# whuber

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bio website quantdec.com location Northeastern US age 13 member for 3 years, 3 months seen 25 mins ago profile views 15,088

Consultant (environmental and spatial stats a specialty), expert witness, and teacher. I can be reached through (outdated but still valid) links posted on my web site.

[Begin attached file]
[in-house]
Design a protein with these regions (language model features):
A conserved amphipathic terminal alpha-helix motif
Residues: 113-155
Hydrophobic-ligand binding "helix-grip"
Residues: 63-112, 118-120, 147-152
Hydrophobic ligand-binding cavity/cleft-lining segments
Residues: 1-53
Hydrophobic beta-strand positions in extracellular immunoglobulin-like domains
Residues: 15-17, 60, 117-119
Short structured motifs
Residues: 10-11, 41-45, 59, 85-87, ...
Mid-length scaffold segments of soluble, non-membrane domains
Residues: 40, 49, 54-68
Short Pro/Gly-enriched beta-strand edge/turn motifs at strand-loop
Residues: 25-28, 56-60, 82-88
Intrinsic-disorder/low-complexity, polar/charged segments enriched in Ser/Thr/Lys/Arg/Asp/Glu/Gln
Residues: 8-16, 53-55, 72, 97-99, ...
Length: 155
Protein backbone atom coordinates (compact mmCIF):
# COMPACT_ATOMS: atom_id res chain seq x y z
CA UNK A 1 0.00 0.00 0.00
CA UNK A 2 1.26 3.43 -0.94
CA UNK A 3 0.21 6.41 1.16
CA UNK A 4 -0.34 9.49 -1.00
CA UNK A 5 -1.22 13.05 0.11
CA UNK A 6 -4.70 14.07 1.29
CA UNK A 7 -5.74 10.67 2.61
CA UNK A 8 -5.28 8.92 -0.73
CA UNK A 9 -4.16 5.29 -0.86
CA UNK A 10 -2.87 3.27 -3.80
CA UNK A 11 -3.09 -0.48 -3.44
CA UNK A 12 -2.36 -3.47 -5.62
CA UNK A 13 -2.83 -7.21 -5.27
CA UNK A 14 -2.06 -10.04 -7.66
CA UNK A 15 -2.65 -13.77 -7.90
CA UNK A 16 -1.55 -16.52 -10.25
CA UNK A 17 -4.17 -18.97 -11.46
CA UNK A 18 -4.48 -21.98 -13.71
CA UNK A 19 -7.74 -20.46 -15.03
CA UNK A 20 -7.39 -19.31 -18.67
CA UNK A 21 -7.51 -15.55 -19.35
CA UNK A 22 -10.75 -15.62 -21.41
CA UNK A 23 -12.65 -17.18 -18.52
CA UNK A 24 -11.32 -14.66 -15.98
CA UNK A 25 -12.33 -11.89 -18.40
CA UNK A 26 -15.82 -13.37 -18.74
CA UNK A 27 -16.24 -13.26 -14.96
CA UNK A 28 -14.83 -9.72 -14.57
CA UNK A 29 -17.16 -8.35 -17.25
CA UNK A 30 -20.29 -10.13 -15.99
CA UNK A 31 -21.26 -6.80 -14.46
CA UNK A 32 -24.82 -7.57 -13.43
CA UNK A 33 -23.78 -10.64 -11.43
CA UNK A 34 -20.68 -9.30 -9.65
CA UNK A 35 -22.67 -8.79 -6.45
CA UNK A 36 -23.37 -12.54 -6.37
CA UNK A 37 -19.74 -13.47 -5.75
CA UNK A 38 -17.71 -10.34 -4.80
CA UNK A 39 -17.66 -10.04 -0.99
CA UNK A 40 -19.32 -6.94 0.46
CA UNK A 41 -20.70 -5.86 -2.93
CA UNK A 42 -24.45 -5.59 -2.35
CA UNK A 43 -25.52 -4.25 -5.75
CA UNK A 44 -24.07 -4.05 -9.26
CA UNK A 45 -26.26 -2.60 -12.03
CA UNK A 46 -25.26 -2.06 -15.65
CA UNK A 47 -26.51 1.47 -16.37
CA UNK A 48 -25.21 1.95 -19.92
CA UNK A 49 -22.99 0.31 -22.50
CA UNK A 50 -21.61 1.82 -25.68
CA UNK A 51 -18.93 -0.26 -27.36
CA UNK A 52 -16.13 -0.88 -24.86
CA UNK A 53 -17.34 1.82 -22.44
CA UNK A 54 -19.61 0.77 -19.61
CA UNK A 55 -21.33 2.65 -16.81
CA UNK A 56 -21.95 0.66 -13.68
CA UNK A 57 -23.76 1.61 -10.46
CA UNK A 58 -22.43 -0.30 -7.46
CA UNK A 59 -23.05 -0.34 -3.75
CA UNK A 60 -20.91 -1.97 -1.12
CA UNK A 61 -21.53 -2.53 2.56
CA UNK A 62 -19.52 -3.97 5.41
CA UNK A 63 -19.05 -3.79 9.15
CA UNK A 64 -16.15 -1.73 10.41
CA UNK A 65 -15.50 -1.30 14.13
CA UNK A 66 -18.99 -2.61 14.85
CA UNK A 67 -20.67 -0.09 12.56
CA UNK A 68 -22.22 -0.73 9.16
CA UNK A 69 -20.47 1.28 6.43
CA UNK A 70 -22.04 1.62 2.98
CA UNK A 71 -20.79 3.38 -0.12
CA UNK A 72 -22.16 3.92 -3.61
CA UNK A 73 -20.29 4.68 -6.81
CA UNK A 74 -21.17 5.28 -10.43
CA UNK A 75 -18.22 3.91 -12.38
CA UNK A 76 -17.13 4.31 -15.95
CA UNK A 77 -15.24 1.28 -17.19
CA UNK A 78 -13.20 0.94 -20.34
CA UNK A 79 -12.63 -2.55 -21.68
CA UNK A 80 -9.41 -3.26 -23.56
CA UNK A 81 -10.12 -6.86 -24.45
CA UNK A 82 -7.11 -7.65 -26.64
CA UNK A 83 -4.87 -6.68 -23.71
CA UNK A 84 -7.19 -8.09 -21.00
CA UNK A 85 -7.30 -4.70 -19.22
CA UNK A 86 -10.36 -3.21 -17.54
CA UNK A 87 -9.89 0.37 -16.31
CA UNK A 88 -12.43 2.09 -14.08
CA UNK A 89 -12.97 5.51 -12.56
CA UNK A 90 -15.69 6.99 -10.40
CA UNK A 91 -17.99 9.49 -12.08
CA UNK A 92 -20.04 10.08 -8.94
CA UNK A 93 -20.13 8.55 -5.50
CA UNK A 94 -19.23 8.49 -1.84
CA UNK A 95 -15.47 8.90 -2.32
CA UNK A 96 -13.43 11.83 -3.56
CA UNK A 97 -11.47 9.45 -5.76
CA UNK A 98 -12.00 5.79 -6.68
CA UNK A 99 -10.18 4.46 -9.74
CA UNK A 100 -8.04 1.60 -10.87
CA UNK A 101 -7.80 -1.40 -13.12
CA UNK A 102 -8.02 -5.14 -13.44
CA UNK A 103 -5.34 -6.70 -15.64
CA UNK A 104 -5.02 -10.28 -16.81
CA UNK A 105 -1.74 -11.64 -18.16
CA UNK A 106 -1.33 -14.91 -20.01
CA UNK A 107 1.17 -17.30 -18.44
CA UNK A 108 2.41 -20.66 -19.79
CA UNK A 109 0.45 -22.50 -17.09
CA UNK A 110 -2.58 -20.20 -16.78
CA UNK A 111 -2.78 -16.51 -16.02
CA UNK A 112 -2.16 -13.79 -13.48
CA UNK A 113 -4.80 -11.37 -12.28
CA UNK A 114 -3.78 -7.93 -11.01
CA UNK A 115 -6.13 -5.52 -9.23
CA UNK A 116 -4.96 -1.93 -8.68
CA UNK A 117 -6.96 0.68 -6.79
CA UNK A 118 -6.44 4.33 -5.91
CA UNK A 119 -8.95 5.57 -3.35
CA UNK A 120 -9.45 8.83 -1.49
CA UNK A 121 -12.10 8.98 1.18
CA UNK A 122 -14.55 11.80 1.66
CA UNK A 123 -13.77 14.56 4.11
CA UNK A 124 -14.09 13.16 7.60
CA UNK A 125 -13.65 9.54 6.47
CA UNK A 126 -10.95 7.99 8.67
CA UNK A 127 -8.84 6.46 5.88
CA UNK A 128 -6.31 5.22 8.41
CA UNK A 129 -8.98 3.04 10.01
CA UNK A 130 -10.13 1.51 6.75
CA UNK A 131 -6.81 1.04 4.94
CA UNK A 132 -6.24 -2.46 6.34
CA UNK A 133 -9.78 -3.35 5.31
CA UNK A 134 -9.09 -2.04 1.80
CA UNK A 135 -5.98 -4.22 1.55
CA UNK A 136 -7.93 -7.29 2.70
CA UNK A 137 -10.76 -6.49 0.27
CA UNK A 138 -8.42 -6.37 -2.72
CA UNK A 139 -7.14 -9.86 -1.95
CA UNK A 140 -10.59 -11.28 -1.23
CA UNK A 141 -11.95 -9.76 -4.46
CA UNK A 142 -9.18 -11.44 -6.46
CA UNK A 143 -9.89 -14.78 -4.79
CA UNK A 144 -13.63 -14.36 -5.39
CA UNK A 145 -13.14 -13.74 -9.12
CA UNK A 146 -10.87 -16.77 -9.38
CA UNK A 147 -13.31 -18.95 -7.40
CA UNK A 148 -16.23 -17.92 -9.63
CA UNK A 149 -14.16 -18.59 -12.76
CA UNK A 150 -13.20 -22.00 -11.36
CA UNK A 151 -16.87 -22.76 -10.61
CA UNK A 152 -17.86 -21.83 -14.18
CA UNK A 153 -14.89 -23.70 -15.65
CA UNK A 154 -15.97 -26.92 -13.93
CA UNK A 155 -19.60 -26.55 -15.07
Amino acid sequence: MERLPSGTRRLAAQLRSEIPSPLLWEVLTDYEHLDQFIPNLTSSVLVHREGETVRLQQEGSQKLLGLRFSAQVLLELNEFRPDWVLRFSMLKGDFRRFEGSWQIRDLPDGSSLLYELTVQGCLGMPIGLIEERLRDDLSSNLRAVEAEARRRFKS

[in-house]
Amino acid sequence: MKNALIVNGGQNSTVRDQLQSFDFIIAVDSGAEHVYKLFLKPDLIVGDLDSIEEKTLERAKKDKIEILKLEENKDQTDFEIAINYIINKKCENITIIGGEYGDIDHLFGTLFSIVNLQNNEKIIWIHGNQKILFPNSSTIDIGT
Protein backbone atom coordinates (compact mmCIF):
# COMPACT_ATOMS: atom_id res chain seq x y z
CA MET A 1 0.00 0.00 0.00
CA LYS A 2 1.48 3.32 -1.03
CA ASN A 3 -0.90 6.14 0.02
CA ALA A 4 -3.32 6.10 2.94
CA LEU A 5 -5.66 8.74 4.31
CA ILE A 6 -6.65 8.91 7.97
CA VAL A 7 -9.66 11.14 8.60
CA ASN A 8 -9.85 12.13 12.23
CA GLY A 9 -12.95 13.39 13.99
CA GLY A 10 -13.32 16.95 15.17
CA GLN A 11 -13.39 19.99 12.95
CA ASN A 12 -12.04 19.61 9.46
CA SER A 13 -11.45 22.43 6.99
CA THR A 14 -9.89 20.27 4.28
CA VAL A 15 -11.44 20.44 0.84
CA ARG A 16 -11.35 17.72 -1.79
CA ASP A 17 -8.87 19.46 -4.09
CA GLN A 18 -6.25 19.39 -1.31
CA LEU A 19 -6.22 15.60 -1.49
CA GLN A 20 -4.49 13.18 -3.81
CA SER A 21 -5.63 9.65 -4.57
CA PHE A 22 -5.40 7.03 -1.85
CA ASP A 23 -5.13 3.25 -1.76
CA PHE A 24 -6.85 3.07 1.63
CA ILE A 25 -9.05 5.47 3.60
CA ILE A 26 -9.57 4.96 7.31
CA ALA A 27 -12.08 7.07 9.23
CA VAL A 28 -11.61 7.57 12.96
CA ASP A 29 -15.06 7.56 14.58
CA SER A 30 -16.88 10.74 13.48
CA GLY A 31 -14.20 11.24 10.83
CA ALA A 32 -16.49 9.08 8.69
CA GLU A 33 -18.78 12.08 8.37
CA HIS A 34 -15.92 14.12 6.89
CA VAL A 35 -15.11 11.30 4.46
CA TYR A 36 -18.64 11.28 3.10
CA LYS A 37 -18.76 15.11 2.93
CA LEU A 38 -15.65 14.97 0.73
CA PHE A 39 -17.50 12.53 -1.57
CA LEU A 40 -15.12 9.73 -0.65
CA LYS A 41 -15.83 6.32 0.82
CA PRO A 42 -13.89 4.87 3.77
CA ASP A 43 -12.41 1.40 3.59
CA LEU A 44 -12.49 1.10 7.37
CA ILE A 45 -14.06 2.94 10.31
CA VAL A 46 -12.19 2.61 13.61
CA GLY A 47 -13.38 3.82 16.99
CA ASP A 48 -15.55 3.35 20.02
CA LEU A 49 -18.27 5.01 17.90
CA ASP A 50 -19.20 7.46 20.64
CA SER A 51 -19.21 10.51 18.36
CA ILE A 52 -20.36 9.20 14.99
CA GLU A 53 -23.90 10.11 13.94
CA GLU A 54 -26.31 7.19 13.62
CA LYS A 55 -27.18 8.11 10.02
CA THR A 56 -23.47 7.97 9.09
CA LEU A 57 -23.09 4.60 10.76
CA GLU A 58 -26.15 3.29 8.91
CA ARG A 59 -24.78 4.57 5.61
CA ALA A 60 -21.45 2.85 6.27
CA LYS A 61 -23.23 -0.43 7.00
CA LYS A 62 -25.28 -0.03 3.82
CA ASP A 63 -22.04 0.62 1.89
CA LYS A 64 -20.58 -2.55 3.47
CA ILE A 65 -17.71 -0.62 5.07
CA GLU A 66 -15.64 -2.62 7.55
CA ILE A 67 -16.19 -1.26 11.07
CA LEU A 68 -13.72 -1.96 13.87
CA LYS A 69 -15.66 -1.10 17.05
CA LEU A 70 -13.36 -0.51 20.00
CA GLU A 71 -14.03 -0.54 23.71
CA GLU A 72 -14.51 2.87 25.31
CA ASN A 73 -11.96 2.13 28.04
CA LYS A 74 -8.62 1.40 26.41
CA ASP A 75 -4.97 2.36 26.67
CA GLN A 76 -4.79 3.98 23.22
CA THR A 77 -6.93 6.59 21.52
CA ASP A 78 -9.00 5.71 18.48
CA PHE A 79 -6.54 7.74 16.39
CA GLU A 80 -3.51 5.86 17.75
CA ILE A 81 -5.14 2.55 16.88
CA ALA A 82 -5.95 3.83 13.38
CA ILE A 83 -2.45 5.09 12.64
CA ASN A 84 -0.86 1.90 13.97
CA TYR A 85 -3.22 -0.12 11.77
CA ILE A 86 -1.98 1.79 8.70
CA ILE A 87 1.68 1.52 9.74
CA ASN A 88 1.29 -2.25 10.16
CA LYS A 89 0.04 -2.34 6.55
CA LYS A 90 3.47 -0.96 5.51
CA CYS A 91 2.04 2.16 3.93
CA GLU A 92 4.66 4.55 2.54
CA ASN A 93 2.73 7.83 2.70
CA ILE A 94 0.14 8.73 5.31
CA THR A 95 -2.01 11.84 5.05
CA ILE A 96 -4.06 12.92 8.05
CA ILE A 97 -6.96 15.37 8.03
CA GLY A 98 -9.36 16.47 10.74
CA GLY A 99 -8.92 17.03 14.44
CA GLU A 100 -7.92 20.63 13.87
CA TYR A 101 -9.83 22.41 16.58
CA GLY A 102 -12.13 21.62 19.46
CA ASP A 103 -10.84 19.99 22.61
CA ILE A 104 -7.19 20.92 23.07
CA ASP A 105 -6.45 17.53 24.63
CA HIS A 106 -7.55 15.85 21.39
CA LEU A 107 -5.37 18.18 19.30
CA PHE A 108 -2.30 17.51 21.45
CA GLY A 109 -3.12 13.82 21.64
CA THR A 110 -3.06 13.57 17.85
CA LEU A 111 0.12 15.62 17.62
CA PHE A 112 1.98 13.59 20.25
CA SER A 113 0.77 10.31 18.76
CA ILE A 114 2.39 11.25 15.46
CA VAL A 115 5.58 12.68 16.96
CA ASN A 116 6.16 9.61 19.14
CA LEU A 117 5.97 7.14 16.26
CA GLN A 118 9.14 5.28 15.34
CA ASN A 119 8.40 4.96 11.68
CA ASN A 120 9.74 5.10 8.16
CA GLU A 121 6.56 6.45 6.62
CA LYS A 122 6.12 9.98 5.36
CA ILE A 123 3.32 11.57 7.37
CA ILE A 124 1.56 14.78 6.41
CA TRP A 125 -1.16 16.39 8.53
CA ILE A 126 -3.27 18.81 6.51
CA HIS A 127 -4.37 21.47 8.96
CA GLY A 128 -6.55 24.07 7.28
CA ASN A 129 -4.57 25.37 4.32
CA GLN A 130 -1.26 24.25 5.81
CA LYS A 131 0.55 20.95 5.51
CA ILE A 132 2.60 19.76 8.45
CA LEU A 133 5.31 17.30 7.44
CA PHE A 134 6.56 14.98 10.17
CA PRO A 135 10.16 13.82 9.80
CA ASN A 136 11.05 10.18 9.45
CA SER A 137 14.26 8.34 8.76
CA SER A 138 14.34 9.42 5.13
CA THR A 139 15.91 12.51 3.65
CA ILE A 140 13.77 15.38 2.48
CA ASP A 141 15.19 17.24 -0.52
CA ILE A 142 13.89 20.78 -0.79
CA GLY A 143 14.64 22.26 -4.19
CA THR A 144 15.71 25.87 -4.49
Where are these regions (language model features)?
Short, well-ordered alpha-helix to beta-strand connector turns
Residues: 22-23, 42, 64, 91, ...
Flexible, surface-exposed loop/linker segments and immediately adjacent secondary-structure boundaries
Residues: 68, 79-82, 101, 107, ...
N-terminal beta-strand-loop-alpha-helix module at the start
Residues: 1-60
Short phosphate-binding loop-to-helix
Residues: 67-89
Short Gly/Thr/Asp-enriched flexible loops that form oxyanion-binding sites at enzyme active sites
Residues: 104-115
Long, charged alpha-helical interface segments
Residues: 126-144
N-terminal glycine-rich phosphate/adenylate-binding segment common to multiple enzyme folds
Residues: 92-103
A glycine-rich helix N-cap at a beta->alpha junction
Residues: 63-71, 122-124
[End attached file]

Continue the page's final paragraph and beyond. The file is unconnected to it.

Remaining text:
Nov27 comment Expected Value of cumulative distribution function You seem to use "exist" in the sense of "has a conventional closed-form expression." ("Exist" in math and stats usually means that it has a well-defined value, whether or not that value can easily be written.) This raises the question of what you mean by "compute": are you looking for a closed-form expression, or would alternatives (such as a power series, and algorithm, or a numerical approximation) be acceptable? Nov27 comment R - Find curve pattern of simple time series Is all this really necessary when the O.P. merely requests a set of descriptive statistics? Nov27 comment Correlation of distribution standard deviation with subtraction of its mean from mean of normal distribution It is important to edit your question to reflect these refinements, rather than embed them in comments. The usual senses of "correlation" do not give any meaning to your use of this word: I suspect you may be employing it in a non-standard or informal way. That needs to be explained further. Nov27 comment Variance of sample mean of bootstrap sample You're probably right--but this answer doesn't seem terribly informative. Perhaps you could point to which part is not correct? Nov26 comment Predicting Data. We cannot opine (objectively, anyway) about "appropriate" ways until the question is sufficiently well-defined. At this point practically any answer would satisfy some definition of "best." The crux of the matter is that your assumption "the more units we manufacture the lesser we rest we give to the machines" is not quantitative and (therefore) cannot be used effectively. Nov26 comment Predicting Data. This problem does not appear to have enough information to be be answerable. Is it a real problem that you face? If so, please clarify what you mean by "best." Nov26 comment Is the absolute value of the difference between two Poisson distributions a Poisson distribution? @prob It is a modified Bessel function of the first kind. I exhibit the (simple) derivation for $x=0$ at stats.stackexchange.com/questions/49991/poisson-processes/…; it will proceed similarly for general $x$. Nov26 comment How can the formula for the expectation of a log-normal random variable be dimensionally sound? $\mu$ is a logarithm: what units of measure do you suppose it has? Nov26 comment Gambler's ruin, fun problem Although this answer may be correct, it needs justification. The certainty of an eventual loss does not imply the expected winnings are zero! The standard example of this occurs when a gambler has even odds on a fair coin flip and just lets her winnings ride: although she is certain to lose (in the limit as the number of plays increases), the limiting expected value of this strategy is one-half her initial stake. Nov26 comment Probability distribution for different probabilities @wolfies Yes, that's an interesting idea to carry out. It would not be relevant to my answer here, though, because I do not advocate using the Normal approximation in these cases for two explicitly stated reasons: 16 is not "many more than 16 trials" and in both the sequences $(i/17)$ and $(\sqrt{i}/17)$ some probabilities will "get too small." For the case of $2^{16}$ trials with variable probabilities please see stats.stackexchange.com/a/5482 and for a discussion of other approximations (which aren't very good IMHO) read the remainder of that thread and its comments. Nov25 comment OLS unbiased for all sample sizes Search on "Gauss Markov Theorem." Nov25 comment OLS unbiased for all sample sizes Isn't the Wikipedia article on OLS good enough? Nov25 comment ARIMA estimation by hand 1e-100 when added to the values of sigma^2 which typically would be passed as arguments to your function will be the same as adding $0$ (you only have 16 sig figs or so, not 100), so you have shown you don't need the additive offset. I was cautious in my earlier remark: I did not assert that these results would be affected, but that they would when $\sigma$ is sufficiently small. Nov25 comment Interpreting gstat fit.variogram - partial sill vs sill I have voted to close this as a duplicate because the response I posted there (just a few hours ago!) fully answers your question. Briefly, the sill is the difference between the asymptotic level and the nugget. @Nick Use your Web browser's controls to zoom in: the image is perfectly clear and detailed, but is shrunk by SE to fit within its standard width. Nov25 comment ARIMA estimation by hand If you keep the additive offsets to sigma^2, you will need to solve for sigma after running the optimization (by subtracting the offset from the fitted value and taking the square root of the result). Nov25 comment Expectation of a function of a random variable @Michael True: but the point is that you first have to show that $E[g(X)]$ truly is a distributional property: to assume that it is amounts to a circular argument. (I am not asserting this is anything but obvious and easy to prove, but it does need to be shown.) The law has its memorable name because so many people appear to be unaware of this logical gap in your assertion. Nov25 comment Expectation of a function of a random variable The notation in your previous comment makes no sense: the value of a realization, such as "$0.5$", cannot have an expectation! You seem to be confusing the realizations with the random values used to model them. The value $0.5$ is a realization of a Uniform$[0,1]$ variable; likewise, $0.75$ is a realization of another Uniform$[0,1]$ variable. The variables--which are measurable real-valued functions defined on a sample space--have expectations, while their realizations are just numbers (which we anticipate will change in repetitions of the experiment). Nov25 comment ARIMA estimation by hand What is the relationship between $T$ and $n$? Your code has no "$T$" in it. Perhaps $T=n+1$? If so, there would be an obvious bug in the calculation of g1. You need to dispense with the +0.000000001 stuff, too, even though that changes the answer only a little: for small $\sigma$ it will ensure you report incorrect values of this parameter. Nov25 comment Expectation of a function of a random variable There is a subtlety that the Wikipedia article perhaps does not sufficiently emphasize: two random variables may differ but have the same distribution. For instance, let $X_1$ be the length of a chord of a unit circle whose endpoints are obtained from two independent directions uniformly distributed on $[0,2\pi)$. Let $X_2$ be same thing, but change its value to $-1$ on all diameters of the circle. These variables, although they differ on an infinite set, still have the same distribution. Nov25 comment Expectation of a function of a random variable Independence seems irrelevant here. If $X_i$ and $X_j$ are any random variables with the same distribution, then what needs to be shown is that $E[g(X_i)]=E[g(X_j)]$ for any measurable function $g$ (see "Law of the unconscious statistician"‌​).